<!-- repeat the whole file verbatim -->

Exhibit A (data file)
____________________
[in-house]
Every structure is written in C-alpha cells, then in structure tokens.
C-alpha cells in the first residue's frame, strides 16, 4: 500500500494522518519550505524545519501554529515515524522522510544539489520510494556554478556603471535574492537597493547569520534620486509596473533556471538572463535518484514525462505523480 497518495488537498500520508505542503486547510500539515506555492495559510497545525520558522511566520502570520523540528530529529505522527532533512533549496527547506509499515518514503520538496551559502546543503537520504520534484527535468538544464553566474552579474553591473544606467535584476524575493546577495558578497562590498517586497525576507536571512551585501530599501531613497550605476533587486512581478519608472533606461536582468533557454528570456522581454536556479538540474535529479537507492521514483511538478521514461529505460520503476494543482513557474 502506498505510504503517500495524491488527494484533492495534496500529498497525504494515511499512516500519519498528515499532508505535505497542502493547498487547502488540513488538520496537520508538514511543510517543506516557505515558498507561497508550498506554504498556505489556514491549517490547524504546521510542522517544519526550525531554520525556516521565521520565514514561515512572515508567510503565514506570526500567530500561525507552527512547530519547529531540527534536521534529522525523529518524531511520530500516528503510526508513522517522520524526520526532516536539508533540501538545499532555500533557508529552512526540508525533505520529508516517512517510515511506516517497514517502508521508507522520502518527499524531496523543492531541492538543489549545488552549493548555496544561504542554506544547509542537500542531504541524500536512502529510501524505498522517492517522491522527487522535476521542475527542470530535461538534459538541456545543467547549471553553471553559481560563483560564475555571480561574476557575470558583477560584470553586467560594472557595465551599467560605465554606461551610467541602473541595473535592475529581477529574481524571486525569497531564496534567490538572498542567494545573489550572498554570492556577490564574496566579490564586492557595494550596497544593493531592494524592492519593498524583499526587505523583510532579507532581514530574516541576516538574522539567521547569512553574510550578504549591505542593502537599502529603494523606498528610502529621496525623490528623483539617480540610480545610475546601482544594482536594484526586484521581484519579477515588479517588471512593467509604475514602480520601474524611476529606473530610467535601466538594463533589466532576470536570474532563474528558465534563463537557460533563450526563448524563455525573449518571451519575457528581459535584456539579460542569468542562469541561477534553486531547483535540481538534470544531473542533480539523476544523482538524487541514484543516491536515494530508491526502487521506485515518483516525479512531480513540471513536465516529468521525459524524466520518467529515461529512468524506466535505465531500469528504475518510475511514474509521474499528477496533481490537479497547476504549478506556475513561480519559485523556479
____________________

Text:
[in-house]
Every structure is written in C-alpha cells, then in structure tokens.
C-alpha cells in the first residue's frame, strides 16, 4: 500500500494522518519550505524545519501554529515515524522522510544539489520510494556554478556603471535574492537597493547569520534620486509596473533556471538572463535518484514525462505523480 497518495488537498500520508505542503486547510500539515506555492495559510497545525520558522511566520502570520523540528530529529505522527532533512533549496527547506509499515518514503520538496551559502546543503537520504520534484527535468538544464553566474552579474553591473544606467535584476524575493546577495558578497562590498517586497525576507536571512551585501530599501531613497550605476533587486512581478519608472533606461536582468533557454528570456522581454536556479538540474535529479537507492521514483511538478521514461529505460520503476494543482513557474 502506498505510504503517500495524491488527494484533492495534496500529498497525504494515511499512516500519519498528515499532508505535505497542502493547498487547502488540513488538520496537520508538514511543510517543506516557505515558498507561497508550498506554504498556505489556514491549517490547524504546521510542522517544519526550525531554520525556516521565521520565514514561515512572515508567510503565514506570526500567530500561525507552527512547530519547529531540527534536521534529522525523529518524531511520530500516528503510526508513522517522520524526520526532516536539508533540501538545499532555500533557508529552512526540508525533505520529508516517512517510515511506516517497514517502508521508507522520502518527499524531496523543492531541492538543489549545488552549493548555496544561504542554506544547509542537500542531504541524500536512502529510501524505498522517492517522491522527487522535476521542475527542470530535461538534459538541456545543467547549471553553471553559481560563483560564475555571480561574476557575470558583477560584470553586467560594472557595465551599467560605465554606461551610467541602473541595473535592475529581477529574481524571486525569497531564496534567490538572498542567494545573489550572498554570492556577490564574496566579490564586492557595494550596497544593493531592494524592492519593498524583499526587505523583510532579507532581514530574516541576516538574522539567521547569512553574510550578504549591505542593502537599502529603494523606498528610502529621496525623490528623483539617480540610480545610475546601482544594482536594484526586484521581484519579477515588479517588471512593467509604475514602480520601474524611476529606473530610467535601466538594463533589466532576470536570474532563474528558465534563463537557460533563450526563448524563455525573449518571451519575457528581459535584456539579460542569468542562469541561477534553486531547483535540481538534470544531473542533480539523476544523482538524487541514484543516491536515494530508491526502487521506485515518483516525479512531480513540471513536465516529468521525459524524466520518467529515461529512468524506466535505465531500469528504475518510475511514474509521474499528477496533481490537479497547476504549478506556475513561480519559485523556479